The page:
My previous blog entry focused on the issue of feeling stuck, stagnant, or in a rut in recovery. This blog entry takes this idea a bit farther: Not only is it possible to have periods of feeling stuck, stagnant, or in a rut in recovery, it is also not unusual to hit a “new bottom” in recovery. By a “new bottom,” I mean a time in recovery where your life basically falls apart, or where YOU basically fall apart. Beyond being simply stuck, stagnant or in a rut, it is a time of genuine crisis.
Here’s something interesting: The Chinese character representing “crisis” is a combination of two other characters that represent Danger and Opportunity. The dangerous aspect of a genuine crisis in recovery is obvious: there is the danger of going back to an active addiction, depression, and suicide. So, when dealing with a new bottom in recovery, it is extremely important to maintain vigilance in our recovery disciplines, beginning with not using, not picking up.
In a crisis, however, the other side of danger is opportunity. Now how can there be opportunity in a crisis? Well, it helps to understand the inner processes going on during a life crisis. Once these inner processes are understood, it is possible to also understand that the opportunity is to create a new and better life out of the ashes of the old one.
In growing up, we construct an ego identity, a conscious sense of who were are, which is pretty much solidly formed by the time we are teenagers. If we grew up in a dysfunctional or abusive family situation, that ego identity is filled with defensive, protective coping strategies, and, depending on the severity of the dysfunction/abuse, is often quite false, meaning that it bears little relationship to the ultimate nature of our authentic, true, inner self, which remains buried in our unconscious psyche.
So, if we have suffered early childhood abuse, trauma or dysfunction, we (unconsciously) built a false identity or self, together with a host of defensive coping strategies, which protected us from further injury as a child, but which ultimately are not functional or productive in our adulthood. So, we spend a long time walking through life not really knowing who we truly are, and using a bunch of operating strategies that prove less and less functional the longer we are alive.
Basically, a new bottom, or crisis, is a signal that some aspect(s) of the false self, and the life built atop the foundation of that false self, do not work anymore, and are beginning to crumble and fall apart. This period of crisis generally includes a long period of ambiguity and seeming formlessness: i.e. chaos. The chaos is in the outer world, and also in the inner world. During this time of seeming chaos, it is of the utmost importance to “trust the process” and to pay close attention to what is coming up from the inside – i.e. from the realm of the deep inner self, which has been laying unattended to in the unconscious. On the inside, invisibly, slowly, a new life is taking shape. If we pay attention to what is coming up from inside, if we trust our Higher Power, eventually a new order begins to assert itself in the outer world, one founded more firmly on the true rock and anchor of the authentic inner self. And generally, since it is more closely aligned with the needs of the authentic inner self, this new life is much better than the old one.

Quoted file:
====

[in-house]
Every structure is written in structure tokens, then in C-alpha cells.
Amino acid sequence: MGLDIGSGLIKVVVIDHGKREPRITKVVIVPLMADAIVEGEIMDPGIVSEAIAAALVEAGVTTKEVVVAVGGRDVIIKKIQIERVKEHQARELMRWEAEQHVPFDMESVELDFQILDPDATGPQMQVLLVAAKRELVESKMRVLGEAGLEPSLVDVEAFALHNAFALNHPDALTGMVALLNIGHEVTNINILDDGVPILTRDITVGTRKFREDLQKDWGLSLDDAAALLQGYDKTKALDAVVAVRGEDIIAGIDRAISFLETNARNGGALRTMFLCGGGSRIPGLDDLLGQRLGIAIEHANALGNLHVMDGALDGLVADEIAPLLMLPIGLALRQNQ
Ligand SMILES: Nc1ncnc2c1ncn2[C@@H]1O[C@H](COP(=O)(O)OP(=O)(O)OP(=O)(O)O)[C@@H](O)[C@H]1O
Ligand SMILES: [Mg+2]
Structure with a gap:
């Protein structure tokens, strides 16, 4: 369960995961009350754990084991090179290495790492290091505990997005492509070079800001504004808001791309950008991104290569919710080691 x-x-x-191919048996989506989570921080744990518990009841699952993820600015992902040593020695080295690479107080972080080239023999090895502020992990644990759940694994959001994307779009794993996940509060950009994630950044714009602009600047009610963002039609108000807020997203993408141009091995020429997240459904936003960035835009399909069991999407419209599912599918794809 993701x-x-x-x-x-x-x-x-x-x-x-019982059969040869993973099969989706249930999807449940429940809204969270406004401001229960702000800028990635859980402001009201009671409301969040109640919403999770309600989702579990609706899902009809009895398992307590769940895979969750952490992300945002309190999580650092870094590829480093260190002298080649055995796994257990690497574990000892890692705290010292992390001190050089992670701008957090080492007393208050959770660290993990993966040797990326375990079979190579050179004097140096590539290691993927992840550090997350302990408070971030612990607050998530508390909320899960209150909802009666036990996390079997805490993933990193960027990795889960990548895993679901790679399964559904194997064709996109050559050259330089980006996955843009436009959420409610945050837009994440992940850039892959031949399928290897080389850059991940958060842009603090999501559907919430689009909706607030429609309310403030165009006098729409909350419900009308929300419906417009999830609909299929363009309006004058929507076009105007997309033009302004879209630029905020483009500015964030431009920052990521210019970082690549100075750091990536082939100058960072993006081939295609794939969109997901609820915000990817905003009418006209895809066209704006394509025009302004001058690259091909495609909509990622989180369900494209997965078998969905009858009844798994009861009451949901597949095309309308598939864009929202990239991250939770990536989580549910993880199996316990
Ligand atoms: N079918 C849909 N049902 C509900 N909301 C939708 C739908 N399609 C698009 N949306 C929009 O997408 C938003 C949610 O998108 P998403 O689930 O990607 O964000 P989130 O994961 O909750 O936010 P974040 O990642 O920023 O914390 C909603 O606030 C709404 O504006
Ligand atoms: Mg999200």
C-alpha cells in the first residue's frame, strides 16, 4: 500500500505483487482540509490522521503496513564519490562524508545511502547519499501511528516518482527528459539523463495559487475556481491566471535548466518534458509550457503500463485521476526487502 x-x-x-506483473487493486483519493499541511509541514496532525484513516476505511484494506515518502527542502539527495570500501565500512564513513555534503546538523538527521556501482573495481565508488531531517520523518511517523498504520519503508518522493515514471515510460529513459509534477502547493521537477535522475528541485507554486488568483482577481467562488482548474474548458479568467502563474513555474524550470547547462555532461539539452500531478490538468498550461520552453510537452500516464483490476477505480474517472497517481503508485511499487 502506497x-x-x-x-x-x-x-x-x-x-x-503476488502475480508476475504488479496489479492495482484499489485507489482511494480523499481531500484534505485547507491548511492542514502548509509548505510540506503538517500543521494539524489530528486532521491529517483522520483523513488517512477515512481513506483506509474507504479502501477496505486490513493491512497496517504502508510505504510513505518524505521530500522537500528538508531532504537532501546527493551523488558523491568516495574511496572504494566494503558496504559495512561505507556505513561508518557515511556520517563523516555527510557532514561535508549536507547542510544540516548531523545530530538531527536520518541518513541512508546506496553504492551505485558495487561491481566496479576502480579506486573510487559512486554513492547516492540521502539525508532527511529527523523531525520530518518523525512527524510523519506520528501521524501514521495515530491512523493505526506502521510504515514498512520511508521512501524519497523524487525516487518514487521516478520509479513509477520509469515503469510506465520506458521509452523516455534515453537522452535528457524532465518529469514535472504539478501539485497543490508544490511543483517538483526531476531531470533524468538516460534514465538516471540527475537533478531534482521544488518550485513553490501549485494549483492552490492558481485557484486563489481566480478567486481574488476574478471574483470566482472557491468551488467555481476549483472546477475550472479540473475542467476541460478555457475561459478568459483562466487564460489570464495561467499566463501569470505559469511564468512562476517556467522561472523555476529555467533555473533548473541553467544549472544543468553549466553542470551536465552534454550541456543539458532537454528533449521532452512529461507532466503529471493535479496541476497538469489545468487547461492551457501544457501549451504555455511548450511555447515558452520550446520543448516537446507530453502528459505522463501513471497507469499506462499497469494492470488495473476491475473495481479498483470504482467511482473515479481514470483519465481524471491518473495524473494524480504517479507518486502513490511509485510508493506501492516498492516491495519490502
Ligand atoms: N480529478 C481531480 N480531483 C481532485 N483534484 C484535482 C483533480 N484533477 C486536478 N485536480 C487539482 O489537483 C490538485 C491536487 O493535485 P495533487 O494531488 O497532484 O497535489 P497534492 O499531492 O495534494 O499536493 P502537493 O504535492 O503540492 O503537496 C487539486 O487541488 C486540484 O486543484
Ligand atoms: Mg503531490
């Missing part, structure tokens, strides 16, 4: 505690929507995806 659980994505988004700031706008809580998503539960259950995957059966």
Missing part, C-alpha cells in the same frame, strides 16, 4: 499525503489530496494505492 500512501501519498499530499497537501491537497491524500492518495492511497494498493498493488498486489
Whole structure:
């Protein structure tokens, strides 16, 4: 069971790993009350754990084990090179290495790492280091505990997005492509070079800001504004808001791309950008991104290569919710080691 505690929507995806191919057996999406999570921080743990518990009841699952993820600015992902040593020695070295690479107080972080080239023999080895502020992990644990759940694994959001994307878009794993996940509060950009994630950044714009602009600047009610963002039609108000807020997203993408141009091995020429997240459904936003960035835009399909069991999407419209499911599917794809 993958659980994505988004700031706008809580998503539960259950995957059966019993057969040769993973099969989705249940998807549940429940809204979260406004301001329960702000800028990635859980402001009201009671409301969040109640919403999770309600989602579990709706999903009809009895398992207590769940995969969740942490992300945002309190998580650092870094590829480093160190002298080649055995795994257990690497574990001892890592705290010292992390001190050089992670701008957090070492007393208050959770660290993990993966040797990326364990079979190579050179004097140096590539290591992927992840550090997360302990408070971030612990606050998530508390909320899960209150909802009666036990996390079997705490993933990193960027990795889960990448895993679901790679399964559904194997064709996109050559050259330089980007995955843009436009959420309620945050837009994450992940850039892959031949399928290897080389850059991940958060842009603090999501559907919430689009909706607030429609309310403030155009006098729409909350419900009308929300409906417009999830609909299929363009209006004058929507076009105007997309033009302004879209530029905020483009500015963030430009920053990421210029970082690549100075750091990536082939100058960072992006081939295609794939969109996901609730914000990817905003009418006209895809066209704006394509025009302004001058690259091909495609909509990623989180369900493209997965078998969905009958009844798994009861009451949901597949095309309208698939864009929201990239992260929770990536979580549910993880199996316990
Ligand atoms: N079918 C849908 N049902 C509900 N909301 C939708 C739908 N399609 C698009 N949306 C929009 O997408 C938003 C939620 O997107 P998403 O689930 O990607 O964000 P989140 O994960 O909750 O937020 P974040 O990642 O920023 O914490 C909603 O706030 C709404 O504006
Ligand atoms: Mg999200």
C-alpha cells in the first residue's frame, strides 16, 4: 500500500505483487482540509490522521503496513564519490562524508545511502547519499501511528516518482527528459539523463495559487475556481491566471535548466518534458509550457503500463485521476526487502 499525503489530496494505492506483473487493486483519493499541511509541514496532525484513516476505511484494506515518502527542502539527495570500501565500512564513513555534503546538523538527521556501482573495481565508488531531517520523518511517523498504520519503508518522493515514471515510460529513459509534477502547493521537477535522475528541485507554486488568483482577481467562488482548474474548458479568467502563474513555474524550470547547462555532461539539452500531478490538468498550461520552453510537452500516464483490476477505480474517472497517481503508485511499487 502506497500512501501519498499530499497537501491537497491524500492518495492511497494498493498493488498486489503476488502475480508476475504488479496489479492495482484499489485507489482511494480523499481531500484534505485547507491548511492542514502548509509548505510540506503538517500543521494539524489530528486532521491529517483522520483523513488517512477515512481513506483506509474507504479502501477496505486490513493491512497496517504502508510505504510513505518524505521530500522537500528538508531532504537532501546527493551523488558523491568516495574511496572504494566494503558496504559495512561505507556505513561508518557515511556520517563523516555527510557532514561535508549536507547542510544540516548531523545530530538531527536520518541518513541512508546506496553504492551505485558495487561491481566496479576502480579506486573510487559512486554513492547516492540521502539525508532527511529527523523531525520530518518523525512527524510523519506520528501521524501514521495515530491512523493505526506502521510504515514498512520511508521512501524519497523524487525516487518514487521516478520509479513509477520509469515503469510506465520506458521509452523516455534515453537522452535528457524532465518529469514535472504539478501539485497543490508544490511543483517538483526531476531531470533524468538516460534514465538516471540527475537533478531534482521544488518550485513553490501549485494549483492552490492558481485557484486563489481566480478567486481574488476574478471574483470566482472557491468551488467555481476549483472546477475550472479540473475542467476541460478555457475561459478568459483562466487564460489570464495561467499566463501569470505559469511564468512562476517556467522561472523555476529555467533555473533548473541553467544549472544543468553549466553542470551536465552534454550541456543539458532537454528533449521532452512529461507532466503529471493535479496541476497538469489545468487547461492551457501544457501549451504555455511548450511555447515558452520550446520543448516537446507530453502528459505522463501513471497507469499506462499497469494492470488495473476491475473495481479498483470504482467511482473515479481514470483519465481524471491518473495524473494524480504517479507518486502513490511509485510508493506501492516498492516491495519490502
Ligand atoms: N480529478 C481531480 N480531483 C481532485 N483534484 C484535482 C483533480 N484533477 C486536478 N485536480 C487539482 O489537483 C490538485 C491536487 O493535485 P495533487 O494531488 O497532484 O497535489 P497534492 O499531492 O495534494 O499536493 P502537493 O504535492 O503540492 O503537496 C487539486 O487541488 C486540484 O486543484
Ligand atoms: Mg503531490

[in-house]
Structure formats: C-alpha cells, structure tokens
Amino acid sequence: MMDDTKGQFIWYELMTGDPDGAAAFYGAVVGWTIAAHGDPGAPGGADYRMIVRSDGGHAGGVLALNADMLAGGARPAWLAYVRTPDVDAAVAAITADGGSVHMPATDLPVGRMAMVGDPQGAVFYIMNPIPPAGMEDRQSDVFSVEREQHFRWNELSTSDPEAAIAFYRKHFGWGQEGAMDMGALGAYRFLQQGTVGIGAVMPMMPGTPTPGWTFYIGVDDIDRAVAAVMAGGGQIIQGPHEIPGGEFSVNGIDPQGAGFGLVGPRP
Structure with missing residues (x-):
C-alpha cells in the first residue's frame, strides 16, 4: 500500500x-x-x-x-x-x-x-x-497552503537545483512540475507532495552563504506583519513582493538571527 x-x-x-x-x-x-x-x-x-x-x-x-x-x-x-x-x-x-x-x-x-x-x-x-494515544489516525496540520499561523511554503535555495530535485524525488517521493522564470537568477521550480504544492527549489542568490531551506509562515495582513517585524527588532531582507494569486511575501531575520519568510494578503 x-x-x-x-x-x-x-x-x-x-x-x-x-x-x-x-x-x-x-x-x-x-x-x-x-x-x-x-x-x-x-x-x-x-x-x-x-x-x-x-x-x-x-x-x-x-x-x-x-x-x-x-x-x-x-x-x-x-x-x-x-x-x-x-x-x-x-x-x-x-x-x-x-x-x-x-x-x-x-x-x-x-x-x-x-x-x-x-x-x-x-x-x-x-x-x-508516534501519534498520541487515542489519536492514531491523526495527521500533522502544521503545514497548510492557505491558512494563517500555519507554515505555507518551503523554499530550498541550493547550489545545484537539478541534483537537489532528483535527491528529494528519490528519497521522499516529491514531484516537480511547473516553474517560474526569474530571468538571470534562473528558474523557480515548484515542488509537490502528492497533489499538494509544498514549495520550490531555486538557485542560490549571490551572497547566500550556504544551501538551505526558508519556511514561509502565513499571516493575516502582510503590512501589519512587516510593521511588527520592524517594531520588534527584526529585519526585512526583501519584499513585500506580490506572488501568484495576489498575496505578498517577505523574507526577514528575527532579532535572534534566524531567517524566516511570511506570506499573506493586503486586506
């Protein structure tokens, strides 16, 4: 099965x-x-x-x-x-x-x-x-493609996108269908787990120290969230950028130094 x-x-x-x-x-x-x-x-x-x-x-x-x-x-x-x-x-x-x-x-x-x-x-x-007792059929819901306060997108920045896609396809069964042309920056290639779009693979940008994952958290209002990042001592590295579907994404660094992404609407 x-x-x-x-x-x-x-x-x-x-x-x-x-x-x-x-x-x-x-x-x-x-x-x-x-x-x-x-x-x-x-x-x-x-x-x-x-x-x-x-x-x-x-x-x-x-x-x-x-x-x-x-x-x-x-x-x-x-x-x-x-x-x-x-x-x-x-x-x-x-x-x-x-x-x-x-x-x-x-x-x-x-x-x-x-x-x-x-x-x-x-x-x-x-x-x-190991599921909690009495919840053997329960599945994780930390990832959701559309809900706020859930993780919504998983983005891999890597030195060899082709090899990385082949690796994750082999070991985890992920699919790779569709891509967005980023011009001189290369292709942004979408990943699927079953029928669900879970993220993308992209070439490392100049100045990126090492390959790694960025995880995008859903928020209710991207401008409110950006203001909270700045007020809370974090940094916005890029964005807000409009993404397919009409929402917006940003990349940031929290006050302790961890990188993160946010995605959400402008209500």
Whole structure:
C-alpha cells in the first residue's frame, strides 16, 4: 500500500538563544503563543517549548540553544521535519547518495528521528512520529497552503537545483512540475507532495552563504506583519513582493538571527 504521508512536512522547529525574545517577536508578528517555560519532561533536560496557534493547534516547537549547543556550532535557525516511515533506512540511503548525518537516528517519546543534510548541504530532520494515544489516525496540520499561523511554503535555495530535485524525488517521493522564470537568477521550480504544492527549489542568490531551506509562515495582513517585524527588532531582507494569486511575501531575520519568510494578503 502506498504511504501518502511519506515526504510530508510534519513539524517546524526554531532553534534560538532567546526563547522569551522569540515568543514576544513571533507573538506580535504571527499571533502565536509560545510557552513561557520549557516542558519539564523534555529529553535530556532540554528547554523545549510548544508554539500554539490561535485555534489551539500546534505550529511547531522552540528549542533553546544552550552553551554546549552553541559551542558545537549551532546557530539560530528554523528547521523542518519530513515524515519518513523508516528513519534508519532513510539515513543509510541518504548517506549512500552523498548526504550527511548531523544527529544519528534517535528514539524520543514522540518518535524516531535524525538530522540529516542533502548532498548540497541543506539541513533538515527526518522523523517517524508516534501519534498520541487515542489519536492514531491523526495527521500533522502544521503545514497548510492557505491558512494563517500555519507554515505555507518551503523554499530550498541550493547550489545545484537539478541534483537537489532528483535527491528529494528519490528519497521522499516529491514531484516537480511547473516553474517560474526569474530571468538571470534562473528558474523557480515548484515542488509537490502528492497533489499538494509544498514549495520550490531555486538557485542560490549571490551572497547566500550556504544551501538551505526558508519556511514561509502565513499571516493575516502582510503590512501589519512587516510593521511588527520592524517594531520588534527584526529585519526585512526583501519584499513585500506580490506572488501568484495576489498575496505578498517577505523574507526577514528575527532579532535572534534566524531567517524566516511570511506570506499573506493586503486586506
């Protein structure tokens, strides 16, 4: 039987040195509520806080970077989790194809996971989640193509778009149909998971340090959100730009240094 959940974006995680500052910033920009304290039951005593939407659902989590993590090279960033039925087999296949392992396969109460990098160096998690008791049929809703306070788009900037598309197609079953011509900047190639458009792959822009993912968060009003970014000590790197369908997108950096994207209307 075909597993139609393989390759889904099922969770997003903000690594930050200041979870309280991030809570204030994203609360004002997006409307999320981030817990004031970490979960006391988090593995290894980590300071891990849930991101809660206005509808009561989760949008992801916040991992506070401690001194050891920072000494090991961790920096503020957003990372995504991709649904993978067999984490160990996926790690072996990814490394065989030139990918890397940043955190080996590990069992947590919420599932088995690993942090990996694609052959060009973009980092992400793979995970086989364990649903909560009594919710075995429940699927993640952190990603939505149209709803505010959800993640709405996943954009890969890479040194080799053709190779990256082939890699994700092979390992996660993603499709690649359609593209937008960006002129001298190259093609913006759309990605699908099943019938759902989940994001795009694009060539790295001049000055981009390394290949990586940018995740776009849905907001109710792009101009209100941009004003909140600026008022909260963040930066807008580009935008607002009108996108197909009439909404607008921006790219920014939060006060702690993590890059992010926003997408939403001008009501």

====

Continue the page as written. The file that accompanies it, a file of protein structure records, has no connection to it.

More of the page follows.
At this point I would like to introduce a quote from Appendix II (Spiritual Experience) in the AA Big Book: “With few exceptions our members find that they have tapped an unsuspected inner resource which they presently identify with their own conception of a Power greater than themselves.” A crisis, or new bottom, can actually aid people in recovery in discovering the spark of the divine – a Power greater than themselves – WITHIN THEMSELVES. If they trust the process, the notion that God is entirely “out there”, completely separate from themselves, can begin to dissolve and they can begin to access and trust their own inner power, the voice of God within. They can discover hitherto undreamed of inner resources, capabilities, dreams and visions, laying long dormant in the unconscious. They can finally learn to realize their full potential.
One final note: It is possible to have multiple “new bottoms” in recovery, since this process of the false self falling apart does not generally happen all at once, in one fell swoop. Generally, pieces of it fall apart, and a chunk of our life falls apart, and then comes back together in a new way. It takes multiple life crises, spread out over many years, to complete the process of coming fully in touch with our true self in all its fullness.